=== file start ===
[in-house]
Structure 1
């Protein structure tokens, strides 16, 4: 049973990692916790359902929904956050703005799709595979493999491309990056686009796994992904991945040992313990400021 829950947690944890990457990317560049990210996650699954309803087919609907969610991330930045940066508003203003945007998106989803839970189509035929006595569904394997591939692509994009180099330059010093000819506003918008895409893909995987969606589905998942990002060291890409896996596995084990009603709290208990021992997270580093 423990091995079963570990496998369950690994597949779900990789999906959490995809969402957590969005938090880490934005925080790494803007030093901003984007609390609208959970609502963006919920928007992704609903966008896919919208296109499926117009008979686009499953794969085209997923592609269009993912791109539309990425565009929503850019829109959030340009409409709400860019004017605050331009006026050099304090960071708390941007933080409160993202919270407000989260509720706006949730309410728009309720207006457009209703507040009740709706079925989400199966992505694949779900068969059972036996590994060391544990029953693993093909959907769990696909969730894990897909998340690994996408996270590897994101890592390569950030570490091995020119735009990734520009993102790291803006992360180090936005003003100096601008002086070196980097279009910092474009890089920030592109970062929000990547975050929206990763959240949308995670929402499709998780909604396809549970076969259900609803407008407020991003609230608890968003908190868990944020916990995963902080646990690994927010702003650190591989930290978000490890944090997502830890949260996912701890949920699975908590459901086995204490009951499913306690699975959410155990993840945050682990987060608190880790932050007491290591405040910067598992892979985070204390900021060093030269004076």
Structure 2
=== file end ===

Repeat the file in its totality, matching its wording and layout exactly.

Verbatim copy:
[in-house]
Structure 1
């Protein structure tokens, strides 16, 4: 049973990692916790359902929904956050703005799709595979493999491309990056686009796994992904991945040992313990400021 829950947690944890990457990317560049990210996650699954309803087919609907969610991330930045940066508003203003945007998106989803839970189509035929006595569904394997591939692509994009180099330059010093000819506003918008895409893909995987969606589905998942990002060291890409896996596995084990009603709290208990021992997270580093 423990091995079963570990496998369950690994597949779900990789999906959490995809969402957590969005938090880490934005925080790494803007030093901003984007609390609208959970609502963006919920928007992704609903966008896919919208296109499926117009008979686009499953794969085209997923592609269009993912791109539309990425565009929503850019829109959030340009409409709400860019004017605050331009006026050099304090960071708390941007933080409160993202919270407000989260509720706006949730309410728009309720207006457009209703507040009740709706079925989400199966992505694949779900068969059972036996590994060391544990029953693993093909959907769990696909969730894990897909998340690994996408996270590897994101890592390569950030570490091995020119735009990734520009993102790291803006992360180090936005003003100096601008002086070196980097279009910092474009890089920030592109970062929000990547975050929206990763959240949308995670929402499709998780909604396809549970076969259900609803407008407020991003609230608890968003908190868990944020916990995963902080646990690994927010702003650190591989930290978000490890944090997502830890949260996912701890949920699975908590459901086995204490009951499913306690699975959410155990993840945050682990987060608190880790932050007491290591405040910067598992892979985070204390900021060093030269004076």
Structure 2